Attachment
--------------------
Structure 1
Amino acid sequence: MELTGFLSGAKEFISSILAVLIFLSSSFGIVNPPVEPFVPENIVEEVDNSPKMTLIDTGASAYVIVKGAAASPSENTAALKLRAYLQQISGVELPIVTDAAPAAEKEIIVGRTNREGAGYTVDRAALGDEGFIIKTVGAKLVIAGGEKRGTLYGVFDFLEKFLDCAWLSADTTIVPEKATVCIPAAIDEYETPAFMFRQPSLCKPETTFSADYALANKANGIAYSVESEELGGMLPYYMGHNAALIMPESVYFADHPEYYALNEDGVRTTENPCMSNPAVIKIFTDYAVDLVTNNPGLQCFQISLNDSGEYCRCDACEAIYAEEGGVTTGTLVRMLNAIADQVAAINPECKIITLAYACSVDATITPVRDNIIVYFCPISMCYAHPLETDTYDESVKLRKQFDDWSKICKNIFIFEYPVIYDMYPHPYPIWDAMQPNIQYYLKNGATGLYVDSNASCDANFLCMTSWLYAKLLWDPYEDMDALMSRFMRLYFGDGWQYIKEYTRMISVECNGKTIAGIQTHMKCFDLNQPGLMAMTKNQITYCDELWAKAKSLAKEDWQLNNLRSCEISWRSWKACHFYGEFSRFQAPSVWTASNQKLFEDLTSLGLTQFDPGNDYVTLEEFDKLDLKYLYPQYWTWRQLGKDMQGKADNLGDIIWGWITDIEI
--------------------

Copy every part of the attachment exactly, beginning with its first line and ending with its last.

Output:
Structure 1
Amino acid sequence: MELTGFLSGAKEFISSILAVLIFLSSSFGIVNPPVEPFVPENIVEEVDNSPKMTLIDTGASAYVIVKGAAASPSENTAALKLRAYLQQISGVELPIVTDAAPAAEKEIIVGRTNREGAGYTVDRAALGDEGFIIKTVGAKLVIAGGEKRGTLYGVFDFLEKFLDCAWLSADTTIVPEKATVCIPAAIDEYETPAFMFRQPSLCKPETTFSADYALANKANGIAYSVESEELGGMLPYYMGHNAALIMPESVYFADHPEYYALNEDGVRTTENPCMSNPAVIKIFTDYAVDLVTNNPGLQCFQISLNDSGEYCRCDACEAIYAEEGGVTTGTLVRMLNAIADQVAAINPECKIITLAYACSVDATITPVRDNIIVYFCPISMCYAHPLETDTYDESVKLRKQFDDWSKICKNIFIFEYPVIYDMYPHPYPIWDAMQPNIQYYLKNGATGLYVDSNASCDANFLCMTSWLYAKLLWDPYEDMDALMSRFMRLYFGDGWQYIKEYTRMISVECNGKTIAGIQTHMKCFDLNQPGLMAMTKNQITYCDELWAKAKSLAKEDWQLNNLRSCEISWRSWKACHFYGEFSRFQAPSVWTASNQKLFEDLTSLGLTQFDPGNDYVTLEEFDKLDLKYLYPQYWTWRQLGKDMQGKADNLGDIIWGWITDIEI